Annette Nadelson Lazarus of Middlebury is interviewed in “Little Jerusalem,” Vermont Public Television’s documentary about the traditional Jewish neighborhood in Burlington.
Photo courtesy of Vermont Public Television
Middlebury Annette Nadelson Lazarus of Middlebury will be featured on an upcoming television documentary, titled “Little Jerusalem”, about Vermont’s Jewish community. The film will be broadcast on Vermont Public Television Dec. 6, Dec. 8, at 5:30 p.m., and Dec. 10, at 9 p.m.
“Little Jerusalem” will explore the lives and culture of the Jewish people of Vermont at large, but with a special focus on early Jewish immigration in the Burlington area.
According to the interview with Lazarus, most of the first Jewish immigrants came to Burlington with next to nothing.
“With few options for work open to them, many became peddlers, walking miles with back-breaking packs,” according to historian Jeff Potash. “They were determined to preserve their religious traditions, and they came home weekly to observe the Sabbath”.
According to Lazarus, a furniture maker in Burlington let devote Jews hold a prayer congregation—called a minyan—in his Old North End workshop.
Lazarus’ also speaks on camera about her father, a well-respected and honored cantor.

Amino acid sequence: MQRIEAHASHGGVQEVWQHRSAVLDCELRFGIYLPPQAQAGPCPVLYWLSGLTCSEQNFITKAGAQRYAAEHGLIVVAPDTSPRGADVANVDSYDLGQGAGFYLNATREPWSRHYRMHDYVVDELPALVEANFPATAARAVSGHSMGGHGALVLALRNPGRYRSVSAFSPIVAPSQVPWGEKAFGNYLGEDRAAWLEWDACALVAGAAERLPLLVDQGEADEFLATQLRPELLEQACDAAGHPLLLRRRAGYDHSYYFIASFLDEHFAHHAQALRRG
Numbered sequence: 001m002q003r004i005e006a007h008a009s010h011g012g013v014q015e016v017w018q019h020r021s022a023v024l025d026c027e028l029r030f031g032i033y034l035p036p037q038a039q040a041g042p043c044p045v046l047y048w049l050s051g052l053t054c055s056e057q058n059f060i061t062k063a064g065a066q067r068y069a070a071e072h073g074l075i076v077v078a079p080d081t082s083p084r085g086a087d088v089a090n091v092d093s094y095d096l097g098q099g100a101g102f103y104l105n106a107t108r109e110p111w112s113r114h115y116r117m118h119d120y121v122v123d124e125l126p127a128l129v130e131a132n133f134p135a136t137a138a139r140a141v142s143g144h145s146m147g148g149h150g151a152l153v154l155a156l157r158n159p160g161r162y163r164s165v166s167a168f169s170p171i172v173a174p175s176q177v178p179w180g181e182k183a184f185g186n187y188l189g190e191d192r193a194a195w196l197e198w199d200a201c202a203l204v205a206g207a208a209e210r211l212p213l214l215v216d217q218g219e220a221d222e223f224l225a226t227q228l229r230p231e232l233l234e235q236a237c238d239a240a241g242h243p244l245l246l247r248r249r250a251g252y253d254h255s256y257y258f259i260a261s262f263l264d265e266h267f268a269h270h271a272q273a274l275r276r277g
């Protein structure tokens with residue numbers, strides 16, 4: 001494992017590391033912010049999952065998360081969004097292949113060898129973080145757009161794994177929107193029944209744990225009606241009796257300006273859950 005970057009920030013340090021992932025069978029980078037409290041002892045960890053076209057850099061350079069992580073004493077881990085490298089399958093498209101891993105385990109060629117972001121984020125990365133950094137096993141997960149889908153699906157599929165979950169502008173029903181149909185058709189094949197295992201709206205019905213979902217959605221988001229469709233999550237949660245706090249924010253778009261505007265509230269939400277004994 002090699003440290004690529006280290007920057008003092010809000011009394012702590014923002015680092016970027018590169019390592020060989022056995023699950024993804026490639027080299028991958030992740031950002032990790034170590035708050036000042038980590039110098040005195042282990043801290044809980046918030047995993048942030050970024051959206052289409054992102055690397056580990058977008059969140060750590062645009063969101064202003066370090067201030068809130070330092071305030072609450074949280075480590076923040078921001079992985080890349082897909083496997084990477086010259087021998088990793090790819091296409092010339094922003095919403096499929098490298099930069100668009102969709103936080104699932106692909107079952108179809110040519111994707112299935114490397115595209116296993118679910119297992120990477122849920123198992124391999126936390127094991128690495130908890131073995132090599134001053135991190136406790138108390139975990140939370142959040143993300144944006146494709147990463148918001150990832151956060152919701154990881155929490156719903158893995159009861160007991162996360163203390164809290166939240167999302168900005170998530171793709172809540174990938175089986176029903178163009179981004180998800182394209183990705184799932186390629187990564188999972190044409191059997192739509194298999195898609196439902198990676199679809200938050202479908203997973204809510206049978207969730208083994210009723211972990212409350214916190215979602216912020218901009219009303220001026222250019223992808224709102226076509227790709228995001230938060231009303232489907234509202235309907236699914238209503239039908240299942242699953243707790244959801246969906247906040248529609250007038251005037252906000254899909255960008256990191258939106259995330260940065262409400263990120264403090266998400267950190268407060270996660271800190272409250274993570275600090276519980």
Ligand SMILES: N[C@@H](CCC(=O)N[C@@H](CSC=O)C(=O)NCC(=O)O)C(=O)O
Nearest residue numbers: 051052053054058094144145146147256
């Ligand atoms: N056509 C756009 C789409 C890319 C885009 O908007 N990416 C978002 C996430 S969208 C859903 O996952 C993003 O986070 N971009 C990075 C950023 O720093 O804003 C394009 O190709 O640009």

VPT’s Dorothy Dickie, producer of the film, said “Many Eastern European Jews sought freedom from repression here; some came from neighboring rural villages in Lithuania to Burlington, a busy lumber port amid countryside that reminded them of home.”
Dickie said interviews with living community members, such as Lazarus, provide an oral history of the Jewish story in Burlington and beyond.
Potash provides historical commentary in the film. He explains how the community began and how it evolved over a century,
“They reproduced old world Orthodox life here,” Potash said, of Burlington’s early Jewish community.
“The film combines archival images, and interviews with historians and descendants of the original settlers, to tell the little-known story of a traditional Jewish community that thrived in Burlington’s Old North End from the 1880s to the 1940s,” according to Dickie.
“Most of the first Jewish immigrants came to Burlington with next to nothing. With few options for work open to them, many became peddlers, walking miles with back-breaking packs,” she added. “Determined to preserve their religious traditions, they came home weekly to observe the Sabbath.”